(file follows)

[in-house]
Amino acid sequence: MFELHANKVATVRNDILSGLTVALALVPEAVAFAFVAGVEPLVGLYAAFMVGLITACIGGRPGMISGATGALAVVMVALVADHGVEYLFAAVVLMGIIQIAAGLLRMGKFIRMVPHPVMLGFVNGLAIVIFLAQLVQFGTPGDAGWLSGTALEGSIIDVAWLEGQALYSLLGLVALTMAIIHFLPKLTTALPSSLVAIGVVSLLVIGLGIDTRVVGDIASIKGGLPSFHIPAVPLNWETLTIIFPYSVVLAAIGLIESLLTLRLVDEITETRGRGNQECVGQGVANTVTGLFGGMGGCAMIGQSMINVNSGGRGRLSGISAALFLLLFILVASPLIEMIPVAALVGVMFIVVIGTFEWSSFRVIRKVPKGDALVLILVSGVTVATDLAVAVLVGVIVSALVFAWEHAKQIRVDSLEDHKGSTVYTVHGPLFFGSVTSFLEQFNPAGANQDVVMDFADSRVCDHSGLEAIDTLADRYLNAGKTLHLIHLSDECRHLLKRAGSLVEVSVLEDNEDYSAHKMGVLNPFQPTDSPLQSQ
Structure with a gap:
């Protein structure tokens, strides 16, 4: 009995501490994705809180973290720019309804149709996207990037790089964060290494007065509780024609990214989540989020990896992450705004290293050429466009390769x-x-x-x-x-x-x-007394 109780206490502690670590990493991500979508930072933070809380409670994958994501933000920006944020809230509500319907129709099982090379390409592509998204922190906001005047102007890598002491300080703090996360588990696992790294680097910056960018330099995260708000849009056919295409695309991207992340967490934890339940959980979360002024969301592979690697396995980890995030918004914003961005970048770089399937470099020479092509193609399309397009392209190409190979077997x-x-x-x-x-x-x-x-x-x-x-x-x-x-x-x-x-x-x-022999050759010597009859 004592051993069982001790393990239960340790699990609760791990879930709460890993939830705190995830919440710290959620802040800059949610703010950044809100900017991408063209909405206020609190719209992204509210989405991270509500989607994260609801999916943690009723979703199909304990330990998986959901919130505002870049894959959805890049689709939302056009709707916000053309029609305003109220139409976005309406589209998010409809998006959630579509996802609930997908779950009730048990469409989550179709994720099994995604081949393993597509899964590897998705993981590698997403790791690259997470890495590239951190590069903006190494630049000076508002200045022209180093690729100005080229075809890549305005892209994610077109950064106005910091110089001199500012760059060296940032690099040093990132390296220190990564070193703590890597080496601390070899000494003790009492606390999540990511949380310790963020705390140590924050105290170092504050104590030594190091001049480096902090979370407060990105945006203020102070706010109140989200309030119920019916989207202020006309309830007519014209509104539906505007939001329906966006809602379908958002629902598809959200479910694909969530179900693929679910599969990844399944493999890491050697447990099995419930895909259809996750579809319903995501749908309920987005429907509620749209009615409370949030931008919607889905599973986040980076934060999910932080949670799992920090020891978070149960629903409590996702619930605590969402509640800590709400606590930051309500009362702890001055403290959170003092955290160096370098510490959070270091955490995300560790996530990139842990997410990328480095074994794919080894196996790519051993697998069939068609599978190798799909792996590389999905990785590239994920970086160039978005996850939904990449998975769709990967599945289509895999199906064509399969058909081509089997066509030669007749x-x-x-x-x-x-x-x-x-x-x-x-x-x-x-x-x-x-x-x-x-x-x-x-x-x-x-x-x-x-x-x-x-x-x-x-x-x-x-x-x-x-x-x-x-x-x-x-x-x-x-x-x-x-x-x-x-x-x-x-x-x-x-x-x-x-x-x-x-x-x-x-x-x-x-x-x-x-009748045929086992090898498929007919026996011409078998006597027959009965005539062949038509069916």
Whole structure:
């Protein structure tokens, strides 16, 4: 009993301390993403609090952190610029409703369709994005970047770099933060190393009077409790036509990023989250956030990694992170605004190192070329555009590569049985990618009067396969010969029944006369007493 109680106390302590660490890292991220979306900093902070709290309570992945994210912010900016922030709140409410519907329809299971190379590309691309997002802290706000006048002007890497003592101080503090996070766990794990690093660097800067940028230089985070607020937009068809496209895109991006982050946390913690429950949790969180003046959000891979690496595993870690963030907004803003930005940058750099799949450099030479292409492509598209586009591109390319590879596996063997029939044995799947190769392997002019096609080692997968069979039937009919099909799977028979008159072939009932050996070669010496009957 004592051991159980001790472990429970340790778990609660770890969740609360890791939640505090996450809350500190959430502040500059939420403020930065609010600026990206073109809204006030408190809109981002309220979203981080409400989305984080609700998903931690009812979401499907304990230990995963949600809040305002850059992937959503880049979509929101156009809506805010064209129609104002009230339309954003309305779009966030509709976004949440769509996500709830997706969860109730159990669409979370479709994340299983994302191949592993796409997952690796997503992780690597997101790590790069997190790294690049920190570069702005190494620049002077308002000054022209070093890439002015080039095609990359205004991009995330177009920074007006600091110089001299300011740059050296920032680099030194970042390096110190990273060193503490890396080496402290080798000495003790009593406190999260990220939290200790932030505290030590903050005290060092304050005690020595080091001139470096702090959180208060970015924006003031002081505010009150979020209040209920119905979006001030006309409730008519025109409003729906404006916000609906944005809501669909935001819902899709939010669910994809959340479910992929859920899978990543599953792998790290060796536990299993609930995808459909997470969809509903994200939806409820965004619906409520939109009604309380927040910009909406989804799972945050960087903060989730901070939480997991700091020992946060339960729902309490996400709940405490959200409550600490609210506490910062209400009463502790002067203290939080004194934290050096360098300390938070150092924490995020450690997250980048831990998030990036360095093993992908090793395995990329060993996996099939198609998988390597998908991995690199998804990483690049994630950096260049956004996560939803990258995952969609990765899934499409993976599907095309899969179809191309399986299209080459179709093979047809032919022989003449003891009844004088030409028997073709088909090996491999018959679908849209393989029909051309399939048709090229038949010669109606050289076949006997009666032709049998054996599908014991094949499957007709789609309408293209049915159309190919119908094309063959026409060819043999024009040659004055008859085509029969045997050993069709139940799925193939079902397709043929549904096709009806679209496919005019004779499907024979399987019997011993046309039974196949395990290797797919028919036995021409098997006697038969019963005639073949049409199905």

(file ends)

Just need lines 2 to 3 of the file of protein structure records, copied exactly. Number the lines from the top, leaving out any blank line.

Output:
Amino acid sequence: MFELHANKVATVRNDILSGLTVALALVPEAVAFAFVAGVEPLVGLYAAFMVGLITACIGGRPGMISGATGALAVVMVALVADHGVEYLFAAVVLMGIIQIAAGLLRMGKFIRMVPHPVMLGFVNGLAIVIFLAQLVQFGTPGDAGWLSGTALEGSIIDVAWLEGQALYSLLGLVALTMAIIHFLPKLTTALPSSLVAIGVVSLLVIGLGIDTRVVGDIASIKGGLPSFHIPAVPLNWETLTIIFPYSVVLAAIGLIESLLTLRLVDEITETRGRGNQECVGQGVANTVTGLFGGMGGCAMIGQSMINVNSGGRGRLSGISAALFLLLFILVASPLIEMIPVAALVGVMFIVVIGTFEWSSFRVIRKVPKGDALVLILVSGVTVATDLAVAVLVGVIVSALVFAWEHAKQIRVDSLEDHKGSTVYTVHGPLFFGSVTSFLEQFNPAGANQDVVMDFADSRVCDHSGLEAIDTLADRYLNAGKTLHLIHLSDECRHLLKRAGSLVEVSVLEDNEDYSAHKMGVLNPFQPTDSPLQSQ
Structure with a gap: